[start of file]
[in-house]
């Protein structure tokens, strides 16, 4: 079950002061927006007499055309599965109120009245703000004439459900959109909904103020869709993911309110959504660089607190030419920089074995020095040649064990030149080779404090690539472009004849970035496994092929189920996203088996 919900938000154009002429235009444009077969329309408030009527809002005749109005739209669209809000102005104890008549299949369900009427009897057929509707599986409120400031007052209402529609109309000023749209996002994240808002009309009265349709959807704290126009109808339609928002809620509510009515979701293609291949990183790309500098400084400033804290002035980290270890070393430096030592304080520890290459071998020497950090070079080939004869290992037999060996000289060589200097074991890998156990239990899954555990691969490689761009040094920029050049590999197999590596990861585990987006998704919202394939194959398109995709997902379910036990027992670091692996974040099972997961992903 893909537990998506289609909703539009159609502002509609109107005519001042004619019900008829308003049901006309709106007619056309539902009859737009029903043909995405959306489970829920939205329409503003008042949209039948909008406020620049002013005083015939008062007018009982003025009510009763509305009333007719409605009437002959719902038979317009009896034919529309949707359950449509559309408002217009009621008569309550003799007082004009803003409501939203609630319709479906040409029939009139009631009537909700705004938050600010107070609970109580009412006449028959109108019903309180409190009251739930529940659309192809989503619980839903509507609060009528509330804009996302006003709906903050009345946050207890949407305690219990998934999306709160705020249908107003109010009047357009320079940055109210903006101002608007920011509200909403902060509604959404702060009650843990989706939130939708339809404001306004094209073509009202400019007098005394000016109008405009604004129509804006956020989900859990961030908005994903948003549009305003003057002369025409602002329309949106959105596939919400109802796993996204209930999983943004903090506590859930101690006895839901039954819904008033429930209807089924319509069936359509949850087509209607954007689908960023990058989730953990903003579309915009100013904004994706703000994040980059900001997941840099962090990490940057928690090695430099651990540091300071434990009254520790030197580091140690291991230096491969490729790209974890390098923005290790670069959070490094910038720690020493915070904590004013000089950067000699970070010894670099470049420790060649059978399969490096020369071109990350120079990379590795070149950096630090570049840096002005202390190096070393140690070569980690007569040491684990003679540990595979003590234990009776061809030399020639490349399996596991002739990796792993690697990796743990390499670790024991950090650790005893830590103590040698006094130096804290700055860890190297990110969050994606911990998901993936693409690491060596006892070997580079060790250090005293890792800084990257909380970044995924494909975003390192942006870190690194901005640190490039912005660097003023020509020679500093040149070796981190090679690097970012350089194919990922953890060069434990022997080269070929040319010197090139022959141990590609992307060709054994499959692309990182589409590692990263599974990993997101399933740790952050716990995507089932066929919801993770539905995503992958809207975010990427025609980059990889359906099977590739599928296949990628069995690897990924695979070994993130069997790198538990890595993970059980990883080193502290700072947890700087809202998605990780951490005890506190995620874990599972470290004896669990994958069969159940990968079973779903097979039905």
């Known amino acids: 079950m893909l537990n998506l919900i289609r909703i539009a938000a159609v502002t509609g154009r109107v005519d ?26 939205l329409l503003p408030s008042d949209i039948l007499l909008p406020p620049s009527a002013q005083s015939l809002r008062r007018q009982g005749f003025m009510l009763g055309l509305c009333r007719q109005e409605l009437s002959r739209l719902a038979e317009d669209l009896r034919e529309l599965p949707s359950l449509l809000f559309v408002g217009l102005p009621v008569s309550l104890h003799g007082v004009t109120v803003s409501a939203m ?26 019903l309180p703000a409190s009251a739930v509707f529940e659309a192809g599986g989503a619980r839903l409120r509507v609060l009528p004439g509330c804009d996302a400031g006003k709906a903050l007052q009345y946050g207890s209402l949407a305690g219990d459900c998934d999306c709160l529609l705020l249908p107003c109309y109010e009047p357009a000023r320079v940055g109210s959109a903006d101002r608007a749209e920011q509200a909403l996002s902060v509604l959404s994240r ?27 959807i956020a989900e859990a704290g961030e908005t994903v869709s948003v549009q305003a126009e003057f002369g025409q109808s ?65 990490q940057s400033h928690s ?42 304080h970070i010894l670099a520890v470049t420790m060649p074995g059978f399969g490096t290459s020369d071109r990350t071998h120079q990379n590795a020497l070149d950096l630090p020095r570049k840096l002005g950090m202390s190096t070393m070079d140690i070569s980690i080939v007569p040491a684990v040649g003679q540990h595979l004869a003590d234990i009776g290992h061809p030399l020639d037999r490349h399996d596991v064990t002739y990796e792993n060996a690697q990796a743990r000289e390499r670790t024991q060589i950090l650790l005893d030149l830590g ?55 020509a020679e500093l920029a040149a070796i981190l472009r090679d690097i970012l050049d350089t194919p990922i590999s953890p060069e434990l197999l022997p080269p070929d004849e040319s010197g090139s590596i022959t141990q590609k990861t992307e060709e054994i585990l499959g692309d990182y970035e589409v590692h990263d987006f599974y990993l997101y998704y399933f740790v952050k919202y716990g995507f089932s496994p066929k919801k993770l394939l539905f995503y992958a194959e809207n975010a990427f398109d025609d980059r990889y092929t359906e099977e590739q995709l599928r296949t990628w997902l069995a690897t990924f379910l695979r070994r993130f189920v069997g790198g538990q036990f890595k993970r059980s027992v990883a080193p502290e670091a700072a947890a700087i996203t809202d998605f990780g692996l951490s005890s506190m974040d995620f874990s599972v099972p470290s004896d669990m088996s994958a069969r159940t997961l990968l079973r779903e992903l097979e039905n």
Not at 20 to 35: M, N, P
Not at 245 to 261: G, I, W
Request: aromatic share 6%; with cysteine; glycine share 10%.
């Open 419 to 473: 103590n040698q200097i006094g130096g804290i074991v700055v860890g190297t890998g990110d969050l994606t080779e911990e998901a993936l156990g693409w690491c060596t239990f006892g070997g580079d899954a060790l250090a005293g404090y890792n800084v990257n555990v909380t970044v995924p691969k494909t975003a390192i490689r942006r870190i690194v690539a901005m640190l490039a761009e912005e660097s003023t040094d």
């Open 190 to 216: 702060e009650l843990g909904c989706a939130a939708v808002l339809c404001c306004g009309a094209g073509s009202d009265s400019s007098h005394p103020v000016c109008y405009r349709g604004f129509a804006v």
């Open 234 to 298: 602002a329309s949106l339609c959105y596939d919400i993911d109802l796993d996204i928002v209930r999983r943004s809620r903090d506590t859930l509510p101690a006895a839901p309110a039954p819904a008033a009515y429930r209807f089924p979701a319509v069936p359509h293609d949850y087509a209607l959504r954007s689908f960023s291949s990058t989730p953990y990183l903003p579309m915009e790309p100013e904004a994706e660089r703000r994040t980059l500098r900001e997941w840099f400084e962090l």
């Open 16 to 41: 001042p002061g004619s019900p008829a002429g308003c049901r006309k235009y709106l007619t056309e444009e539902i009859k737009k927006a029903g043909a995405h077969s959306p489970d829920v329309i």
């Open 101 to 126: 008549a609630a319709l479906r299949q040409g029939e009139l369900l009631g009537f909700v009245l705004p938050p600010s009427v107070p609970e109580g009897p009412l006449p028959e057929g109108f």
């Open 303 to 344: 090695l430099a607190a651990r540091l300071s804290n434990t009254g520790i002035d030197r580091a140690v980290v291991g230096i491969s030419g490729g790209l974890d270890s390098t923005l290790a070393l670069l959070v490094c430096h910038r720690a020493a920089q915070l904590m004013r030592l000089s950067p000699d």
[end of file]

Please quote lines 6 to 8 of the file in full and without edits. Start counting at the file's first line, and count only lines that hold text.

Request: aromatic share 6%; with cysteine; glycine share 10%.
């Open 419 to 473: 103590n040698q200097i006094g130096g804290i074991v700055v860890g190297t890998g990110d969050l994606t080779e911990e998901a993936l156990g693409w690491c060596t239990f006892g070997g580079d899954a060790l250090a005293g404090y890792n800084v990257n555990v909380t970044v995924p691969k494909t975003a390192i490689r942006r870190i690194v690539a901005m640190l490039a761009e912005e660097s003023t040094d």
């Open 190 to 216: 702060e009650l843990g909904c989706a939130a939708v808002l339809c404001c306004g009309a094209g073509s009202d009265s400019s007098h005394p103020v000016c109008y405009r349709g604004f129509a804006v």